One of Japan's largest airports was swamped and a tanker crashed into a bridge as the strongest typhoon to make landfall in mainland Japan in 25 years hit the country's southern prefectures Tuesday, causing storm surges and lashing buildings with heavy wind and rain.
On Wednesday, boats began ferrying people out of the airport, and buses began to run on one side of the damaged bridge after safety inspections.
Both of the airport's runways have been closed and there is no confirmation they will re-open tomorrow (5 Sept).
Evacuation orders have been issued in some parts of Osaka, Kyoto, Nara, Hyogo, Kagawa, Ehime and Wakayama prefectures.
Damage from fallen panels due to weather patterns from Typhoon Jebi are seen on a street in Osaka on September 4, 2018, as the typhoon made landfall around midday in southwestern Japan.
The fast-moving storm quickly crossed the mainland, and by nightfall was heading out to sea from Ishikawa in central Japan.
How leading Japan news agency Kyodo News reported events as they unfolded today.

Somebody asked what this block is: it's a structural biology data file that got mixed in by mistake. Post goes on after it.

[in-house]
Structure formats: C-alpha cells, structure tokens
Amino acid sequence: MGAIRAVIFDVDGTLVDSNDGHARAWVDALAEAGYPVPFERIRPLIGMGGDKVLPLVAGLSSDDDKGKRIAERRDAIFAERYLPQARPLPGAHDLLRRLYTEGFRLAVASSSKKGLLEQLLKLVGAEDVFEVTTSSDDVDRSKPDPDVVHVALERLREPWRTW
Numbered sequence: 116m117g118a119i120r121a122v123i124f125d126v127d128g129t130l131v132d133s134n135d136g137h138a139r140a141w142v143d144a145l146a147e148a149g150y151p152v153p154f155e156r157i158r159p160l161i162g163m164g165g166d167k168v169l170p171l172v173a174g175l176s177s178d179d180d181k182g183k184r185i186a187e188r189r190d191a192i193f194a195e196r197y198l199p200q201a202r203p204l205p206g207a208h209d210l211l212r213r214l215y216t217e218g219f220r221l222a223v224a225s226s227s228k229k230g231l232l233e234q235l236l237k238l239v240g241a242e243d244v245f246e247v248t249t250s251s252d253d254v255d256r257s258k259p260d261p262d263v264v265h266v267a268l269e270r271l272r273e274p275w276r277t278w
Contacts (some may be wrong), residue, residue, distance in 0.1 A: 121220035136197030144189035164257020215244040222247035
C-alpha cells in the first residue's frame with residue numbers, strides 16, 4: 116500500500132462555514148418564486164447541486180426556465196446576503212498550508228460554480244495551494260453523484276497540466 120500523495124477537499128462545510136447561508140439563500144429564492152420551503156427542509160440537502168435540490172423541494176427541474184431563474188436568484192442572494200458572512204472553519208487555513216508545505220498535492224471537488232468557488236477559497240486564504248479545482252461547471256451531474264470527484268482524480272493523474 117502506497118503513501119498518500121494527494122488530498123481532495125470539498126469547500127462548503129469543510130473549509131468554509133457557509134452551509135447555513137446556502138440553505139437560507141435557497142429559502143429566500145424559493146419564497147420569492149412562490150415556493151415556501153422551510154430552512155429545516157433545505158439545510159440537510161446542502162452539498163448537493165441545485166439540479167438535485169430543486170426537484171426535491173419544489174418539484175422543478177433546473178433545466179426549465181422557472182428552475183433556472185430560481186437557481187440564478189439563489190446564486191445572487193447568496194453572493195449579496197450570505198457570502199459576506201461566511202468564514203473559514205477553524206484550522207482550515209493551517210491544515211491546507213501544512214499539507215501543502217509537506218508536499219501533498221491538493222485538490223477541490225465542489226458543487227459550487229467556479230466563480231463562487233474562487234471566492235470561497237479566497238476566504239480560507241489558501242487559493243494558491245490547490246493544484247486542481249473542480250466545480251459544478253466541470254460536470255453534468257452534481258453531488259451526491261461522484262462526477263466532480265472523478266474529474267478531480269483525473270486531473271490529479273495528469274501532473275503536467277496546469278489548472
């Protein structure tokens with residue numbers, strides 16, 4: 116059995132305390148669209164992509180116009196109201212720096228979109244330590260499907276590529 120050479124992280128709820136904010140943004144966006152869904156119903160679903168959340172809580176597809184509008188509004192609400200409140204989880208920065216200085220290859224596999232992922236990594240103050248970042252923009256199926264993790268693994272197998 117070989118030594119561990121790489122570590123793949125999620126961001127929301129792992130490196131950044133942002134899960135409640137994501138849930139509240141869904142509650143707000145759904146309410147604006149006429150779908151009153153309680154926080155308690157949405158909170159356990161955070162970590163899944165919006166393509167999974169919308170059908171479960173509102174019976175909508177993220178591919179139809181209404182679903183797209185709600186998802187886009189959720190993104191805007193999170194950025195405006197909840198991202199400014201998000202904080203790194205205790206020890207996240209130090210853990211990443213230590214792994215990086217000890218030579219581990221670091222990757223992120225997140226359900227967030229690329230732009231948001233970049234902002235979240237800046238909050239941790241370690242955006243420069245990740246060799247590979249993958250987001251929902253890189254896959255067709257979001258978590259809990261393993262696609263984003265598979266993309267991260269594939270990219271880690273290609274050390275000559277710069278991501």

Of the 11 deaths, eight people died in the western prefecture of Osaka, including four men, who fell from upstairs or the roofs of their houses after apparently being hit by strong winds, broadcaster NHK reported. Gardens were damaged and benches in the park were toppled by the strong winds.
Hideko Senoo, a 51-year-old homemaker planning a family trip to India, said the terminal was hot and dark after losing power, and food at convenience stores was sold out.
"I´d never expected this extent of damage from a typhoon". Wind gusts of up to 208 km/h were recorded in one part of Shikoku.
Japanese Prime Minister Shinzo Abe took to Twitter to post updates about his government's efforts to restore normalcy in the affected areas.
"This is (the strongest) since 1993".
As many as 2.1 million buildings lost power at the height of the storm.
Popular Osaka amusement park Universal Studios Japan also remained closed Wednesday - the first time it's been closed for two consecutive days since it opened in March 2001 - as the park operator worked to fix damaged caused by the storm.
More than 700 flights were cancelled, including worldwide flights departing and arriving at Nagoya and Osaka, along with ferries, local train services and some bullet train lines.
High waves triggered by typhoon Jebi batter Japan's west coast. The storm made landfall on Tuesday with winds of up to 130 miles per hour.
Although Japan regularly experiences storm activity, this summer has been unusually unique.
Typhoon Jebi has left more than 3,000 passengers stranded at a Japan airport, after sweeping across the country's main island.
The sustained rain caused widespread flooding and landslides in July, devastating entire villages and forcing thousands from their homes.